- During the incision the blade must be in contact with the bone to guarantee achieving a full thickness flap
- The keratinized tissue must be separated in order to favor immobile tissue around the implant/abutment
Incision - general considerations
Any intra-oral surgical intervention begins with the incision and finishes with a suture or gluing. Indications for a crestal incision include one-stage surgeries where the implant or abutment is non-submerged and is piercing into the oral cavity after its placement. As a general surgical principle it is not recommended to place the incision on top of a submerged foreign body. However, comparative studies revealed that there was no difference in outcome for endosseous implants with crestal or paracrestal incisions.
Gentle tissue handling will secure the adequate blood supply to the flap, leaving the bone covered with as little blood as possible to keep an adequate visibility of the surgical site.
In the maxilla the incision should be made palatal-crestally. The flap should be full thickness allowing for the visualization of the surgical field. Normally the flap has little flexibility, so a vertical incision in distal areas may be needed. After raising the flap it is necessary to ensure the visualization of the nasal floor, the nasopalatine duct and the buccal and palatal walls.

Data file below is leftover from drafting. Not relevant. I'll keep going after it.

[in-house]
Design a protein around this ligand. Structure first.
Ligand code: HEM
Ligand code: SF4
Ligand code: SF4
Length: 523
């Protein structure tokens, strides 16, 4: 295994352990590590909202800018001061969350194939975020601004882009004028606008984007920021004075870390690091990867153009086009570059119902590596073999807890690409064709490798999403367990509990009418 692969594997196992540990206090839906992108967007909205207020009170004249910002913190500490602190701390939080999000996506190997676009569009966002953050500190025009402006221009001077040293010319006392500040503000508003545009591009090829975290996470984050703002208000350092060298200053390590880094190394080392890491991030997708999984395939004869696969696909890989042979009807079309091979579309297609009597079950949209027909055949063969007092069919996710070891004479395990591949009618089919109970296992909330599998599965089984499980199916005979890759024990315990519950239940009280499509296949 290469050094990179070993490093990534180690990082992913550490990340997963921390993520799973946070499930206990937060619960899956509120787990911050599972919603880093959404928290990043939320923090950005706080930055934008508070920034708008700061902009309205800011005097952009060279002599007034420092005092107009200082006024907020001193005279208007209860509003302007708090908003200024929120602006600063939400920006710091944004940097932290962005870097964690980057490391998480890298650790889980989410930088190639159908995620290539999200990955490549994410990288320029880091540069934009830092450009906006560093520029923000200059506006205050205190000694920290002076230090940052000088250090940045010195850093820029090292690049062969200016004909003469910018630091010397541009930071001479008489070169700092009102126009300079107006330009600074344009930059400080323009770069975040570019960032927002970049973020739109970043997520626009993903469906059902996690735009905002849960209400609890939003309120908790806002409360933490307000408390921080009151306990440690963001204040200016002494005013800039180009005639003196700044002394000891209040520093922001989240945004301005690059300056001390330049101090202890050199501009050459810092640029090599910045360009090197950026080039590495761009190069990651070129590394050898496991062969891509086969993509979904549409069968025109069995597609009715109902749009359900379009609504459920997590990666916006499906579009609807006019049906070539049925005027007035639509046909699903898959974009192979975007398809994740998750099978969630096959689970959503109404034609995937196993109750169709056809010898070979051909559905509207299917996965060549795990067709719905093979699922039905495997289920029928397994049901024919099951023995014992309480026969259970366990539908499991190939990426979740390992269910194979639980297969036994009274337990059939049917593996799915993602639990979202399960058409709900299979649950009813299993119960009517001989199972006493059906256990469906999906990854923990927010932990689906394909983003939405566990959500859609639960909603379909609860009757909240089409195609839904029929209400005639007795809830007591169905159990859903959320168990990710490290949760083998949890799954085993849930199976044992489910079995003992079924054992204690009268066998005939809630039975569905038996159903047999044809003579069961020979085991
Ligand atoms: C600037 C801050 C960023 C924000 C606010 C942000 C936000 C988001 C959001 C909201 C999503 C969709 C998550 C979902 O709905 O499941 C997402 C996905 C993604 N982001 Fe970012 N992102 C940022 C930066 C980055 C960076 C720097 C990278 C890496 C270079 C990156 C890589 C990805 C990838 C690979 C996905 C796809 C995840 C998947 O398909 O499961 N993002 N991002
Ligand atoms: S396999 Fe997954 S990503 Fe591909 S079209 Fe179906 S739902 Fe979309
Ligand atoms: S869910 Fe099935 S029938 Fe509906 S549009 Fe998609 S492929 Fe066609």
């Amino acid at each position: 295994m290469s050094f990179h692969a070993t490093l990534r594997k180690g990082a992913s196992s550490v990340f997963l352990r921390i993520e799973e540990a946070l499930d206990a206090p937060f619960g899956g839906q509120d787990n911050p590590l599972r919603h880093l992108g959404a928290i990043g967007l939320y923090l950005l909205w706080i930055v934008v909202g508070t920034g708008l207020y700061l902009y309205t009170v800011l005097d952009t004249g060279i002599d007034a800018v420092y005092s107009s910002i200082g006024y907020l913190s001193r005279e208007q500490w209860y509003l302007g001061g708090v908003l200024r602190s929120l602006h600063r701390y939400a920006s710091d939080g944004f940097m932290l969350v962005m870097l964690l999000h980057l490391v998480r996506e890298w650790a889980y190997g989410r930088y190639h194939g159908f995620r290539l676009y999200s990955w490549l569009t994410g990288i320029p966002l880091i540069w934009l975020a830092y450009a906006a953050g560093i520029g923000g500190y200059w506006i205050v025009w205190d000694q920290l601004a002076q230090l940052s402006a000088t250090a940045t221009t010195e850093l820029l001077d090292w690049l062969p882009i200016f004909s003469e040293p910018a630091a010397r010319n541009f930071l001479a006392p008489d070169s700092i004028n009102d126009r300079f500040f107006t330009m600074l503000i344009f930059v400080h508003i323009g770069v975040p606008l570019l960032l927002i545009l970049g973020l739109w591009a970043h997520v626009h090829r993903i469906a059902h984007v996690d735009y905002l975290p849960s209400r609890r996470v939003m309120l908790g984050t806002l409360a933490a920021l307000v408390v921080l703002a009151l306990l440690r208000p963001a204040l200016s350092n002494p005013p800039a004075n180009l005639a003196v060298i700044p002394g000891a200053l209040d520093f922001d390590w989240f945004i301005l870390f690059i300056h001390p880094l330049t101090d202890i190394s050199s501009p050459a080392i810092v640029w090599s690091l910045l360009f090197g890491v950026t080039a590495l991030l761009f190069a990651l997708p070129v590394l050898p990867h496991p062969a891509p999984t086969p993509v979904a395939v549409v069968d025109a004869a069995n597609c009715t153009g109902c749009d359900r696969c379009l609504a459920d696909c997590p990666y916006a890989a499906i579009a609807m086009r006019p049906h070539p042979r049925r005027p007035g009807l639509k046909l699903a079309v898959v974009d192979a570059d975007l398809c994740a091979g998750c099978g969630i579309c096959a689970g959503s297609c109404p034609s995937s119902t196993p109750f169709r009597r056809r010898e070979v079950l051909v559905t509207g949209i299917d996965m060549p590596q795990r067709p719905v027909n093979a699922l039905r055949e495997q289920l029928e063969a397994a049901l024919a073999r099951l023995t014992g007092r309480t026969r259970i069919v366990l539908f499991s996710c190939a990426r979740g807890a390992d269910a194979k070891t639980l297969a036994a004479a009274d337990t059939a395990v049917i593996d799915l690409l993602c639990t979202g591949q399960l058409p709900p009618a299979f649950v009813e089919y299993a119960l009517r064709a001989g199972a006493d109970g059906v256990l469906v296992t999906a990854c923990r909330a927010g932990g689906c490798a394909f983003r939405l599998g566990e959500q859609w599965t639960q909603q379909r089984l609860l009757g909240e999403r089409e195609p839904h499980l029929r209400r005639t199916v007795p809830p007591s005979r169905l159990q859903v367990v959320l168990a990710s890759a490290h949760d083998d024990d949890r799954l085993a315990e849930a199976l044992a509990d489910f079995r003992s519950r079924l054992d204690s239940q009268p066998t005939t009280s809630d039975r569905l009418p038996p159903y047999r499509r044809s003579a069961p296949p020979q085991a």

In a zygomatic implant approach the vertical incisions must be longer and extended towards the zygomatic bone so it can be possible to see the zygomatic arch limits as well the infraorbital foramen.
The zone of keratinized gingiva is often reduced in edentuous mandibles. The incision should take into account the position of the mental foramen. When dealing with a severely resorbed mandible where the foramen is lying on top of the crest, a vertical incision in the mid-line can be performed in order to achieve perfect mobility of the flap. After the flap is raised, a perfect view of the field is mandatory, including the visualization of the mental foramen and the buccal and lingual walls.